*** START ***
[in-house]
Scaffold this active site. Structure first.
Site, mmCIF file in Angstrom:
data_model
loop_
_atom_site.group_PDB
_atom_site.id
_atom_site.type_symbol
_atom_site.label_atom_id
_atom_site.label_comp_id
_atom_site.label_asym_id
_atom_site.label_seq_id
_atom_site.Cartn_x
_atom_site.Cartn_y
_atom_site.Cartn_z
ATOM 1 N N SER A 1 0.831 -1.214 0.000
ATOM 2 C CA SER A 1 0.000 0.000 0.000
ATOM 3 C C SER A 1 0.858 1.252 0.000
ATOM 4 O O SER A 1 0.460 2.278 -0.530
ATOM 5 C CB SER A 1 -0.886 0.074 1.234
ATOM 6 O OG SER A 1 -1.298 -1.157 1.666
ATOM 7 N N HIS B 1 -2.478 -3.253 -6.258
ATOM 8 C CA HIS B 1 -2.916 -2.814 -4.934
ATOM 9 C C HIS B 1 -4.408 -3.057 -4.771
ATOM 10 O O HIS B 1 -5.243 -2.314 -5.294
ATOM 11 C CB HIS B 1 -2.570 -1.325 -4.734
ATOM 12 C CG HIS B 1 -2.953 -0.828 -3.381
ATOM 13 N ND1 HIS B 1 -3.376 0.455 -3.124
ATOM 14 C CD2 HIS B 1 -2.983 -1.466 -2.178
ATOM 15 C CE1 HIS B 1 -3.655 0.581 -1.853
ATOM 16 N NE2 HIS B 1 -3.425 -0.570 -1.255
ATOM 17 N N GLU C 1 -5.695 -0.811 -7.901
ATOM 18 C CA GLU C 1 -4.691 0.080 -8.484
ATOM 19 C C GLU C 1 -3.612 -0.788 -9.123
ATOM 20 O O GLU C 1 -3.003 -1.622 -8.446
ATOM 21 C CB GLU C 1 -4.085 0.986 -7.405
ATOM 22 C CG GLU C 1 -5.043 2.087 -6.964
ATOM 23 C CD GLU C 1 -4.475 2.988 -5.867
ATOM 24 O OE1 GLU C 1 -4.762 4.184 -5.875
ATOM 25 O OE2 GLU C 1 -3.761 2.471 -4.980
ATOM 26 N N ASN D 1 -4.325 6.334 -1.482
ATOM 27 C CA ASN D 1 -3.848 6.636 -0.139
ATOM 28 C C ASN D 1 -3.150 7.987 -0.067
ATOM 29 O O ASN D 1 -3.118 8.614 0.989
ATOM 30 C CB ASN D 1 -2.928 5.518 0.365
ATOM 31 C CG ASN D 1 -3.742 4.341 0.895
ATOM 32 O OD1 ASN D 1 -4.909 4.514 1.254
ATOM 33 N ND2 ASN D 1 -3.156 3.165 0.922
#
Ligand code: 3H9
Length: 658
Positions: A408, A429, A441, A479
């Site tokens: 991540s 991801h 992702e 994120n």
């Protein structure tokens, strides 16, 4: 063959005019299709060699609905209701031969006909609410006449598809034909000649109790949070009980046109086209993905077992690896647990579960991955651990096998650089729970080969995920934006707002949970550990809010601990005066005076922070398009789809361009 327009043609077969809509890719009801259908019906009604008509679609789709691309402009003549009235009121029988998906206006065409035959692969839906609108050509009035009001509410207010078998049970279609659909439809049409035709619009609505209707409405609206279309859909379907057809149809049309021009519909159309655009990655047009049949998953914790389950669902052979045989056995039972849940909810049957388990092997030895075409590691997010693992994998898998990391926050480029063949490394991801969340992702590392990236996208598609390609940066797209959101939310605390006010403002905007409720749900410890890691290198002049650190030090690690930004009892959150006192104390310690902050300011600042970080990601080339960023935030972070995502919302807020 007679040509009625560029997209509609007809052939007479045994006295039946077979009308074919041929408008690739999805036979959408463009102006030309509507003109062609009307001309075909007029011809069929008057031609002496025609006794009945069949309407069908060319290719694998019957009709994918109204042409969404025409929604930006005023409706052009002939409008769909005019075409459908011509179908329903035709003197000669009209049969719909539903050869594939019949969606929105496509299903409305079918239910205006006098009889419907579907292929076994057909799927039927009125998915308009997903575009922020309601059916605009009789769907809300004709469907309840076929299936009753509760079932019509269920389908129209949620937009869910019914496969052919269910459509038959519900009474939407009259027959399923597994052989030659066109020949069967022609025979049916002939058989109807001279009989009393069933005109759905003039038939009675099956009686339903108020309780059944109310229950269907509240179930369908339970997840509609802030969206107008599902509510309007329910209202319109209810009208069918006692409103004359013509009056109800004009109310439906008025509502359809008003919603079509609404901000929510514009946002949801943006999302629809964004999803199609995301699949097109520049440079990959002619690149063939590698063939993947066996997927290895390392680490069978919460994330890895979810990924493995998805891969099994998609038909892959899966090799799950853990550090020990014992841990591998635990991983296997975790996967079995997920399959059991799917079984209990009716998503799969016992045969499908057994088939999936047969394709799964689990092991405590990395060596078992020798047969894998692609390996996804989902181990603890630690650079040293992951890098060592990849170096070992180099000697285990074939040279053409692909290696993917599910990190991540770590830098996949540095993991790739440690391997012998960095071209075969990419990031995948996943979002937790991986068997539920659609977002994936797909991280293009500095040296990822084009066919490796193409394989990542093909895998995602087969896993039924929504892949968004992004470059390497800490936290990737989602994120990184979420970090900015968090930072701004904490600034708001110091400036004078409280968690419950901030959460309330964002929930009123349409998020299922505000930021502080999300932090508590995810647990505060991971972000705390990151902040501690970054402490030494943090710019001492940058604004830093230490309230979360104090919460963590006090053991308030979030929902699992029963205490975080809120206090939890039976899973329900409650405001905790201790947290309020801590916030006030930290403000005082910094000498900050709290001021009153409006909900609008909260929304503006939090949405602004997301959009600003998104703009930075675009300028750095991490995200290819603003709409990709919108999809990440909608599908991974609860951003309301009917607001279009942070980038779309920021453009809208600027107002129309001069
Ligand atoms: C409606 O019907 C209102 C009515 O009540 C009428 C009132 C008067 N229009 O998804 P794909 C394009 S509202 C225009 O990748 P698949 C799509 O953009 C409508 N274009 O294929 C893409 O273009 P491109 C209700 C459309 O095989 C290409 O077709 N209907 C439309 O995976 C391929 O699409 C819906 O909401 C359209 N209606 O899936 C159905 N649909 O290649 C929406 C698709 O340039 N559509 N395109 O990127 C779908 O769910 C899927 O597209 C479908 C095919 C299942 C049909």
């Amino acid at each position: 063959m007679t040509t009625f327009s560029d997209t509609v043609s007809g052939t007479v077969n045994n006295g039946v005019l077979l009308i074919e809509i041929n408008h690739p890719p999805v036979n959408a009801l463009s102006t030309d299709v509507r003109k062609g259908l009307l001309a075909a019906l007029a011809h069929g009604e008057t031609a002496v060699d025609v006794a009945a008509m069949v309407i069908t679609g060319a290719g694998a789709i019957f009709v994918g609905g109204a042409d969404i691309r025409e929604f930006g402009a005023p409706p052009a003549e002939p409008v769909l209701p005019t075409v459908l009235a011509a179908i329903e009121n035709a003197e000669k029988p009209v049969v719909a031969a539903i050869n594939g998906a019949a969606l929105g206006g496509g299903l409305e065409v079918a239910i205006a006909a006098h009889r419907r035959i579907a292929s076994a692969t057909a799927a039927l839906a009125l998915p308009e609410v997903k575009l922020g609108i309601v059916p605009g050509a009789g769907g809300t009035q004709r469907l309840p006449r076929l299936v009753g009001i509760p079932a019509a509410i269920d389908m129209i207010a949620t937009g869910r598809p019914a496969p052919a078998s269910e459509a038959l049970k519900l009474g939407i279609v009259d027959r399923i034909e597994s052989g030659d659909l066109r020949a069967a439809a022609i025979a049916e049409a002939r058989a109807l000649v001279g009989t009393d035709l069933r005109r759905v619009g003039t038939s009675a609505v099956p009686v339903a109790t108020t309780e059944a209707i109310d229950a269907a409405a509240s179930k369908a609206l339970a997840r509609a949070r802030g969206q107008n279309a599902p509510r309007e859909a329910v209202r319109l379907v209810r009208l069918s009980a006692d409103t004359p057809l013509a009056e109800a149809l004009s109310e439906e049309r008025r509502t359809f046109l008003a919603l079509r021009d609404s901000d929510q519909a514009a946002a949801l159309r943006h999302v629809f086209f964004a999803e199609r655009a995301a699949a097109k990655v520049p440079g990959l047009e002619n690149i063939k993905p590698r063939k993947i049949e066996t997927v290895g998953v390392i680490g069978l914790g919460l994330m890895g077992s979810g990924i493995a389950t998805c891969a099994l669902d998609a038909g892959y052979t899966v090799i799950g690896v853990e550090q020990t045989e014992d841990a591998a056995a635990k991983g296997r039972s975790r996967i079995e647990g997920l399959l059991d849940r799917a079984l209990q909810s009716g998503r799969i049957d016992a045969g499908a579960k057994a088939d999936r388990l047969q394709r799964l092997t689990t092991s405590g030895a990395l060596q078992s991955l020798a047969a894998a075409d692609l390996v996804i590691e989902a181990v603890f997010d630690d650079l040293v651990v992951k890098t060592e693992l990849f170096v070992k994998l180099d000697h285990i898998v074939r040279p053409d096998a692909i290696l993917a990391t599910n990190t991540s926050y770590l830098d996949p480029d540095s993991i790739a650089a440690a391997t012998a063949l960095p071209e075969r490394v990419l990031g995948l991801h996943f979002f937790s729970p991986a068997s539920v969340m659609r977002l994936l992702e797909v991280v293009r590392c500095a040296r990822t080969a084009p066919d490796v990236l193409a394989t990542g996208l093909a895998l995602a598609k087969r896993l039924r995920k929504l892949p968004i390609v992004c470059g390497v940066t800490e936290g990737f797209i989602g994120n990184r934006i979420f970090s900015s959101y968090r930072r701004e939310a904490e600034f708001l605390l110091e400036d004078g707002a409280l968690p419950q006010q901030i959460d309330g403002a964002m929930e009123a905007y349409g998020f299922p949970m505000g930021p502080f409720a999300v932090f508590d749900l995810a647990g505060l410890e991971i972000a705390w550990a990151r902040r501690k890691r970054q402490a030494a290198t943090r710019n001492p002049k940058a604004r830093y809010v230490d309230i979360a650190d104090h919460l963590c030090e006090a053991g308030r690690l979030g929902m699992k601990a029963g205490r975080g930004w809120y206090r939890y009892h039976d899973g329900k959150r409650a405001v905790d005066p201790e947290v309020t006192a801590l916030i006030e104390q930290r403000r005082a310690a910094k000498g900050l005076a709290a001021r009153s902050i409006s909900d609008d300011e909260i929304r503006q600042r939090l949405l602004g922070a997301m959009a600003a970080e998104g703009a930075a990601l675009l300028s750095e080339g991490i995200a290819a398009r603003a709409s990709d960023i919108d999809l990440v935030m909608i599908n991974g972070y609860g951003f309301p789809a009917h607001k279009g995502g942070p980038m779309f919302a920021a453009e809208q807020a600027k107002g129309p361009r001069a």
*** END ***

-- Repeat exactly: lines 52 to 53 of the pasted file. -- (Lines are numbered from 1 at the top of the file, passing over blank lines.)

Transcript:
Positions: A408, A429, A441, A479
């Site tokens: 991540s 991801h 992702e 994120n």